On the other hand, it does seem to violate our world view of causality. Which in turns connects to our view of Special Relativity. The problem here is that time is not a factor, and ordering is not a factor. Also, quantum outcomes are random and statistical. So there is no sense that anything occurs in which relativity is a factor at all. It might, but there is absolutely no evidence to support that assertion. The only relevant variable in a Bell test is the relationship between what Alice chooses to measure, and what Bob chooses to measure.
 
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No, that's not the idea. You probably do need to learn what the relativity of simultaneity means.

Alice is effectively colocated with Bob. If you imagine Bob's reference frame as a set of clocks lined up in both directions, all synchronised in Bob's frame, then Bob's clocks are not synchronised in Alice's frame. They are progressively more out of sync the further away they are. Depending on Alice's direction of motion the clocks on one side will be advanced and on the other side lagging.

You may need to go back to square one and try to understand the basic principles of SR.
Thanks PeroK, I have a decent understanding of that aspect of relativity of simultaneity. If Alice tries to synchronise her clocks, for example, two spatially separated clocks at either end of the train. She sends a light pulse from the mid-point, where she is located to each clock, simultaneously. Both light pulses return to the mid-point and Alice's clock are synchronised in her frame.

However, in Bob's reference frame the light pulse takes a longer time to reach the mirror at the front of the train because that mirror is moving away from the light pulse. The clock at the rear of the train is set running first, because the rear of the train is advancing towards the light pulse. This means that the clocks are out of sync because the clock at the rear of the train is set ticking before the clock at the front of the train.

This is due to the different distances that each light pulse has to travel to the respective clocks (shorter to the back, longer to the front). This issue is cancelled out on the return trip (longer from the back, shorter from the front) meaning both signals return to Alice simultaneosuly - just as they do in her frame. Hence why they are synced in Alice's frame but not in Bob's.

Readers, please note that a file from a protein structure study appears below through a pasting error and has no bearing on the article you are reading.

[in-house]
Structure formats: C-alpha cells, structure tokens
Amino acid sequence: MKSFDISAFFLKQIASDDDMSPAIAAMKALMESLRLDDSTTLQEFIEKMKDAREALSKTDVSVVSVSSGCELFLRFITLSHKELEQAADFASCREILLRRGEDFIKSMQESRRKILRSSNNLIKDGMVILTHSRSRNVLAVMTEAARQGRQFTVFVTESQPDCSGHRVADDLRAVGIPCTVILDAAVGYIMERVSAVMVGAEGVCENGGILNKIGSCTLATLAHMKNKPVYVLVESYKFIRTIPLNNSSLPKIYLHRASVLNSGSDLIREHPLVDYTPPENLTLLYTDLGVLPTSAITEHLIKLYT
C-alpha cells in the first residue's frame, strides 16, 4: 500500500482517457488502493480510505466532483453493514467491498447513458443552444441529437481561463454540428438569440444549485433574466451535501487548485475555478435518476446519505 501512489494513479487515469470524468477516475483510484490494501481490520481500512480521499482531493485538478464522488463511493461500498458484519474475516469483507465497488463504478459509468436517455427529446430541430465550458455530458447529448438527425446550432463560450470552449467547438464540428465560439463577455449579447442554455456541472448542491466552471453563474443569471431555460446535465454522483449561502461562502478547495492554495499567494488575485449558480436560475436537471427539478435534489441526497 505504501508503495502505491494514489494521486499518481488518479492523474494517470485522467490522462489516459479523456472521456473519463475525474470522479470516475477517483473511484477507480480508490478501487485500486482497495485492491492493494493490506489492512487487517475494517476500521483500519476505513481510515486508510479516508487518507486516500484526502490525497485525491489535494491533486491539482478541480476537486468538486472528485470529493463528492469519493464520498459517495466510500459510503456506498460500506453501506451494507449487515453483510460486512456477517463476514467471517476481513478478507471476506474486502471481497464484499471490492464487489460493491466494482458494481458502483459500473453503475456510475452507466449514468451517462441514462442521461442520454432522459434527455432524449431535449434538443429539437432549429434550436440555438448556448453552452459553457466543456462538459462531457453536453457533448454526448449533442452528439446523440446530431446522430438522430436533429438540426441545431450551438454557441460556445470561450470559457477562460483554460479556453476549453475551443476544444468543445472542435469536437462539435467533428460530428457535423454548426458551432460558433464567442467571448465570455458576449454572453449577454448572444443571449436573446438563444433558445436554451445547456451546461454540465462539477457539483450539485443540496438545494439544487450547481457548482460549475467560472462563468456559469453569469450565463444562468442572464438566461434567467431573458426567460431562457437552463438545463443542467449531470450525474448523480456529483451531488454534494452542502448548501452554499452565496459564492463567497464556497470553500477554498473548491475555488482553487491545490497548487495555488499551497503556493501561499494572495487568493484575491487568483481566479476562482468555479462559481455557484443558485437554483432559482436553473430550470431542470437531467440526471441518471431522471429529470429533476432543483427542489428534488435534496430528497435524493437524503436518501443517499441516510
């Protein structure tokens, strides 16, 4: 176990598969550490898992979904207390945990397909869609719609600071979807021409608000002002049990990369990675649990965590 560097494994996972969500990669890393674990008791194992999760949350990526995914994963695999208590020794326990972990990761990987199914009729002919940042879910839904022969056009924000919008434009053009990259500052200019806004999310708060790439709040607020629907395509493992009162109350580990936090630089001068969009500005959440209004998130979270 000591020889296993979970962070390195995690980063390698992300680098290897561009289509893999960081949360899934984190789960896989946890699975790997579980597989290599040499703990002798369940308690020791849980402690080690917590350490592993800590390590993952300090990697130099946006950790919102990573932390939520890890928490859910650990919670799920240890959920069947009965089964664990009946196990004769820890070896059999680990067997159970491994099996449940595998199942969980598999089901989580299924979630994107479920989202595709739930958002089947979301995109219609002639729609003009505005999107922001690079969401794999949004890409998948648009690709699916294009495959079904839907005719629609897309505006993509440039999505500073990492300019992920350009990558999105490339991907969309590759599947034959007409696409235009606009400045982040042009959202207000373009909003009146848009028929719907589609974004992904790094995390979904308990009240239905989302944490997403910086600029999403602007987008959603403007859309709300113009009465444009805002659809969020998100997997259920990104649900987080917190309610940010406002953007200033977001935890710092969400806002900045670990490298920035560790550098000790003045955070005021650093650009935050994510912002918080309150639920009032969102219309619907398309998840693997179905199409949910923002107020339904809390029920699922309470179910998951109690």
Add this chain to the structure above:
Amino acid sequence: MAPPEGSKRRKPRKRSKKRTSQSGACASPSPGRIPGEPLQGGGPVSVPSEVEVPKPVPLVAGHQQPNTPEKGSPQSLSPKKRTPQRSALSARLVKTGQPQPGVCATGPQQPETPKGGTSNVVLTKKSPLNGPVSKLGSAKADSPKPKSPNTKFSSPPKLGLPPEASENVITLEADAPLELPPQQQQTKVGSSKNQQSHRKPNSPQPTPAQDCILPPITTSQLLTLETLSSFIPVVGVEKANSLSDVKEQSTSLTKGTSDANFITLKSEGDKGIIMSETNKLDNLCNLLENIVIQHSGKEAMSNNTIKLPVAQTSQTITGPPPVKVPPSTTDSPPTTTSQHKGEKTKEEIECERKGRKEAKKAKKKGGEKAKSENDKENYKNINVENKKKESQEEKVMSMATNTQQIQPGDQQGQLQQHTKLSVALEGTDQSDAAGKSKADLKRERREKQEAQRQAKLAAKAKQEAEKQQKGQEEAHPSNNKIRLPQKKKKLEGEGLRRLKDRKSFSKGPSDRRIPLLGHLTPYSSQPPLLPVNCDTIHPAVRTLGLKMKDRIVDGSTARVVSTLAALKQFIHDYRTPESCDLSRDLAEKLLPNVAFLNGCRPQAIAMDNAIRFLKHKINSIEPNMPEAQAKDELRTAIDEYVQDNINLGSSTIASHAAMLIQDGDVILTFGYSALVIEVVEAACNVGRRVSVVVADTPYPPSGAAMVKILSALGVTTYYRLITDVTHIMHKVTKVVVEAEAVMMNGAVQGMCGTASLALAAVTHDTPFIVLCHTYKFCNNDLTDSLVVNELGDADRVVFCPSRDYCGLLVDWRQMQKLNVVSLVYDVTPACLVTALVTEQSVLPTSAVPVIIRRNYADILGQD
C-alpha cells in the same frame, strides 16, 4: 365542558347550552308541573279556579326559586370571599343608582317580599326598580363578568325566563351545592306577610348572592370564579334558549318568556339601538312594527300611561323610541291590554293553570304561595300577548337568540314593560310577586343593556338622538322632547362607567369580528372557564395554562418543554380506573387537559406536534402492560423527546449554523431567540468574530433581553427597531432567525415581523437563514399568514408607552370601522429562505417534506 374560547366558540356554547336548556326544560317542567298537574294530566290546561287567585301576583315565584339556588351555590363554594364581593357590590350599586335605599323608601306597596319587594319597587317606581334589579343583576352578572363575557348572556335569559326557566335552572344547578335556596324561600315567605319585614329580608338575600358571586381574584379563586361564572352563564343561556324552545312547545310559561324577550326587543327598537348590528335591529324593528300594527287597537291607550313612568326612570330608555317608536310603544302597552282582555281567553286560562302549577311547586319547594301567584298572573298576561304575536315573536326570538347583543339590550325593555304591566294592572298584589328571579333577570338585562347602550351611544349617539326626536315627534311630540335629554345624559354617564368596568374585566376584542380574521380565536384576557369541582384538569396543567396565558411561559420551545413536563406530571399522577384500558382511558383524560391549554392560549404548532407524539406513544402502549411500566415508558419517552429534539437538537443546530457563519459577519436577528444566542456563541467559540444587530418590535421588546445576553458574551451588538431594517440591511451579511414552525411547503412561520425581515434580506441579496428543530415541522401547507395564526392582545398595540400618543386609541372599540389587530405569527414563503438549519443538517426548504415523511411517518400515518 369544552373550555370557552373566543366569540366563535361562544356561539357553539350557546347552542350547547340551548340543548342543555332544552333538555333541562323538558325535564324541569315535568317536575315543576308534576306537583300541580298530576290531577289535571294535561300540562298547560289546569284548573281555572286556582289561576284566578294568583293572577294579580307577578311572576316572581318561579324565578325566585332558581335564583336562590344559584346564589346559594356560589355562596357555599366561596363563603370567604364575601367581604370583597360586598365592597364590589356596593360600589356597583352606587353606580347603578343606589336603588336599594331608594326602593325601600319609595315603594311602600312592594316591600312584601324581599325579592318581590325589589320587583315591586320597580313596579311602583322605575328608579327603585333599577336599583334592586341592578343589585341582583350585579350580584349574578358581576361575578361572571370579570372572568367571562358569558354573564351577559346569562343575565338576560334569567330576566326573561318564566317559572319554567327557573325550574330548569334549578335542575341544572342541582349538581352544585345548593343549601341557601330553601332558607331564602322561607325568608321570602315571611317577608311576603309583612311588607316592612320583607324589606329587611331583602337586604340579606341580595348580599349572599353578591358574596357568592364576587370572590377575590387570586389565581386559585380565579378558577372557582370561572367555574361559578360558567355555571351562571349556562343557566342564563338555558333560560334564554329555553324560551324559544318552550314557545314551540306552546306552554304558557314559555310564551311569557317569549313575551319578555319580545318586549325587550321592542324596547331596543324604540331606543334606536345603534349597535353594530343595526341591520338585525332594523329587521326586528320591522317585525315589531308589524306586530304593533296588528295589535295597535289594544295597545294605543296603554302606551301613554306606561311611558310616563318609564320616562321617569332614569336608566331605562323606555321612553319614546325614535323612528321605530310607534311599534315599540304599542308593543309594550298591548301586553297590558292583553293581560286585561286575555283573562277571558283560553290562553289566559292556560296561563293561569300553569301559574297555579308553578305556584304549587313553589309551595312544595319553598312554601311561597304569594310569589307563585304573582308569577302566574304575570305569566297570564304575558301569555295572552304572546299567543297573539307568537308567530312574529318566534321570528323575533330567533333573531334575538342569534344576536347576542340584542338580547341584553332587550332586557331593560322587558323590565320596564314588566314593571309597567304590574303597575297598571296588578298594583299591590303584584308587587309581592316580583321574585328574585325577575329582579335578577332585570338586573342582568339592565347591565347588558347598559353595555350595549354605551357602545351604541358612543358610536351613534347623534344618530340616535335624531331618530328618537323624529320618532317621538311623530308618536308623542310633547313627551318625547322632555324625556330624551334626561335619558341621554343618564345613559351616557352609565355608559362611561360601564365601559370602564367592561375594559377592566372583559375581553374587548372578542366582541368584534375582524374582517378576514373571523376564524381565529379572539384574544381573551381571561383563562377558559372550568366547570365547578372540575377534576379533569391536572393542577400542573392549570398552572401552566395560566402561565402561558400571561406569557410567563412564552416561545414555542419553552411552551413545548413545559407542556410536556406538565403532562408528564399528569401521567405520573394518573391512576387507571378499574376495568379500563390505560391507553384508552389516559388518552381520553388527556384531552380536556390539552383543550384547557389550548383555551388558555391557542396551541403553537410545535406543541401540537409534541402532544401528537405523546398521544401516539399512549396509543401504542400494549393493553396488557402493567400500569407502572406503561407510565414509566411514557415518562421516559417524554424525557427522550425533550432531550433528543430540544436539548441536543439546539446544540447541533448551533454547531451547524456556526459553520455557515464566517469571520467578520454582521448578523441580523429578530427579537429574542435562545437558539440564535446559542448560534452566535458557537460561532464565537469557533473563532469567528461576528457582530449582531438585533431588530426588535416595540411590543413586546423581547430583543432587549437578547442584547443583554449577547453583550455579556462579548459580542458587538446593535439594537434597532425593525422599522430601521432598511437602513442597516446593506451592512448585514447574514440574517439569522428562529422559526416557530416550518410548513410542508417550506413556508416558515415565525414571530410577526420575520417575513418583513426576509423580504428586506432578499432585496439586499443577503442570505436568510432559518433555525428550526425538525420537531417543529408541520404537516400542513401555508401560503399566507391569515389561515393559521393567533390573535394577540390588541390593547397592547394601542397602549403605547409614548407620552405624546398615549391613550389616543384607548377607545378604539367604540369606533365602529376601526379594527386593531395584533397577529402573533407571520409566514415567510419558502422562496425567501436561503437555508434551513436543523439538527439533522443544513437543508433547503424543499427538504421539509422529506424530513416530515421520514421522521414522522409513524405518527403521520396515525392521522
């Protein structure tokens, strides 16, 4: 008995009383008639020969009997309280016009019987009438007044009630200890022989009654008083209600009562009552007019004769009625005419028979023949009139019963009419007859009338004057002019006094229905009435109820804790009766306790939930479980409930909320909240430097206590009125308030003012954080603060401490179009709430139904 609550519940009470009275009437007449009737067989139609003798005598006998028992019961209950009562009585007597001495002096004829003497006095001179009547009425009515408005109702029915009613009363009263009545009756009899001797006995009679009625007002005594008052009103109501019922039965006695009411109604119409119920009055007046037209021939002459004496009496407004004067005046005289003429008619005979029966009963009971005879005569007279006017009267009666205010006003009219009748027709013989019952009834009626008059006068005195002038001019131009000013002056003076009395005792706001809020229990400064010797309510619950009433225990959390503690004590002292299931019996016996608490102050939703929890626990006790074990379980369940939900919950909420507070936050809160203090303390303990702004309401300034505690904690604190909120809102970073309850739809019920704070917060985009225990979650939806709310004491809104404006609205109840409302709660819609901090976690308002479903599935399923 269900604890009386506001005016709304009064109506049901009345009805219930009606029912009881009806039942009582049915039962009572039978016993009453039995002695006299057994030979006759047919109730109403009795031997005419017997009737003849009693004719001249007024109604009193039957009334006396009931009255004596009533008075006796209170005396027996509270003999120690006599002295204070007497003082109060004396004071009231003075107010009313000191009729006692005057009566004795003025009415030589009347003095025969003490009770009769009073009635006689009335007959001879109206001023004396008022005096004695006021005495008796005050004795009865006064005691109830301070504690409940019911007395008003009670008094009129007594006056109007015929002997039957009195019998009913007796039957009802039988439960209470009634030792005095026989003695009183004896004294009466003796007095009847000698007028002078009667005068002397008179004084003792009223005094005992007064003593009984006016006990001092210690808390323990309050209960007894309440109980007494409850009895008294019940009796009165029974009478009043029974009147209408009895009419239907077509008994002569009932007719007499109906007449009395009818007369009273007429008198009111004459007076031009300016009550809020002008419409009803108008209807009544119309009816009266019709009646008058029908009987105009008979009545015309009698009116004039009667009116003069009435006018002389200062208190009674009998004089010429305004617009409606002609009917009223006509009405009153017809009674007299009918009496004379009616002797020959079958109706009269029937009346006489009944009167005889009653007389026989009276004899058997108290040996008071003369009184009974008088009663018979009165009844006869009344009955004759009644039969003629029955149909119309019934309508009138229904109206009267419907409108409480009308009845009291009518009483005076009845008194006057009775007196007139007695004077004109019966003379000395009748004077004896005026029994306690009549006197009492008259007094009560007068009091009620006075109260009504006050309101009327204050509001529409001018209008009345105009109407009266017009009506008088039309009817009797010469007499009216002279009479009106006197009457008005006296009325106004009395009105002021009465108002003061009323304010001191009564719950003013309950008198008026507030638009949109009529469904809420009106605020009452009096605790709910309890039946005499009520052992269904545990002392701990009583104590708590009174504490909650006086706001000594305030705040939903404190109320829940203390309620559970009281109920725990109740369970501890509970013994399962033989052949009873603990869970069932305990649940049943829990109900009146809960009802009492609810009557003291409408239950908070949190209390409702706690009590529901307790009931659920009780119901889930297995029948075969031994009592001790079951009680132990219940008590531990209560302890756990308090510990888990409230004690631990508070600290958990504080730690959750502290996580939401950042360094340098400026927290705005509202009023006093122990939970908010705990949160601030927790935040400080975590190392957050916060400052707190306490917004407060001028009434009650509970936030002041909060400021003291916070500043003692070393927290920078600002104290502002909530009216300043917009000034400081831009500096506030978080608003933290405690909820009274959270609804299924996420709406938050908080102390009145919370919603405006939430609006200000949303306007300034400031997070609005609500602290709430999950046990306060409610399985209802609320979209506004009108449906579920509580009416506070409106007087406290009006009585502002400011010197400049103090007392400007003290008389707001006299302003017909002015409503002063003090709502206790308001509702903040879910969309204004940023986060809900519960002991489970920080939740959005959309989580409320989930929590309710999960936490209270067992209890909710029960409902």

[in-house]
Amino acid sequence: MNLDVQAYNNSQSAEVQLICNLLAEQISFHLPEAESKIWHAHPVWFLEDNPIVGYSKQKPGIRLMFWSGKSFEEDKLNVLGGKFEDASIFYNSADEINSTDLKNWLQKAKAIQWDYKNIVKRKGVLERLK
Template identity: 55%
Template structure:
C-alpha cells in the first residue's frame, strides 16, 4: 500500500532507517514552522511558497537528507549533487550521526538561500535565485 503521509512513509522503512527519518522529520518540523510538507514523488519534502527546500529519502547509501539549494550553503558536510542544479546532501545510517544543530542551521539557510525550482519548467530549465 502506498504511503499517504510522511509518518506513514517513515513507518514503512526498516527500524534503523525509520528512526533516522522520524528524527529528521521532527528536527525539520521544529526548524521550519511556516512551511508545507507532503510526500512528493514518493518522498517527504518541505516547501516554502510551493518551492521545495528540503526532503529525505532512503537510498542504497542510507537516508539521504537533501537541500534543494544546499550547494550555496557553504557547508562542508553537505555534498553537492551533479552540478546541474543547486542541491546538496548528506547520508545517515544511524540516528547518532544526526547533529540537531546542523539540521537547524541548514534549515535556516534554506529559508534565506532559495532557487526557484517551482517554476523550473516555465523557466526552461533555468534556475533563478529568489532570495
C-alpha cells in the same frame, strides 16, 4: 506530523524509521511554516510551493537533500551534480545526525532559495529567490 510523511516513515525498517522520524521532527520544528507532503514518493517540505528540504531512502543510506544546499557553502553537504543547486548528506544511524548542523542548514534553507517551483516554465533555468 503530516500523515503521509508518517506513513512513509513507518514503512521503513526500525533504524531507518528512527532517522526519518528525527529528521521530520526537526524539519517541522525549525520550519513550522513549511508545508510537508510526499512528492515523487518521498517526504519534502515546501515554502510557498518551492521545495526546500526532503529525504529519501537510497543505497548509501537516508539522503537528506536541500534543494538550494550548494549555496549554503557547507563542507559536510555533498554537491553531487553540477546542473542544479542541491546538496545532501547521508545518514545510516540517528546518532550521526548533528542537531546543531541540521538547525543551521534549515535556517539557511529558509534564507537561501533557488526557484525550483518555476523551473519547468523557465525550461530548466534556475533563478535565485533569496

I must be interpreting the thought experiment incorrectly. It sounded to me like a variation on the twin "paradox", where one twin speeds away from the earth and then returns to an older twin.
 
  • #17
PeroK
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Thanks PeroK, I have a decent understanding of that aspect of relativity of simultaneity. If Alice tries to synchronise her clocks, for example, two spatially separated clocks at either end of the train. She sends a light pulse from the mid-point, where she is located to each clock, simultaneously. Both light pulses return to the mid-point and Alice's clock are synchronised in her frame.

However, in Bob's reference frame the light pulse takes a longer time to reach the mirror at the front of the train because that mirror is moving away from the light pulse. The clock at the rear of the train is set running first, because the rear of the train is advancing towards the light pulse. This means that the clocks are out of sync because the clock at the rear of the train is set ticking before the clock at the front of the train.

This is due to the different distances that each light pulse has to travel to the respective clocks (shorter to the back, longer to the front). This issue is cancelled out on the return trip (longer from the back, shorter from the front) meaning both signals return to Alice simultaneosuly - just as they do in her frame. Hence why they are synced in Alice's frame but not in Bob's.

I must be interpreting the thought experiment incorrectly. It sounded to me like a variation on the twin "paradox", where one twin speeds away from the earth and then returns to an older twin.
Yes. This is now a statement about time and simultaneity between the two reference frames. It's not just a quirk of one particular experiment.

Likewise from the train frame (Alice) the clocks in Bob's frame are out of sync. Imagine clocks extending out in both directions. If Alice keeps going at constant speed, Bob's clocks in front of her are ahead of Bob's clocks behind her.

But, if Alice gets her train to change direction rapidly and move in the opposite, then the lack of synchronicity of Bob's clock is reversed in Alice's new frame. But, as far as Bob is concerned nothing has happened to his clocks: they are physically untouched. So, Alice's change of perspective on what Bob's clocks read can be seen asa purely coordinate (non-physical) effect. As can the lack of synchonicity in the first place.
 
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PeterDonis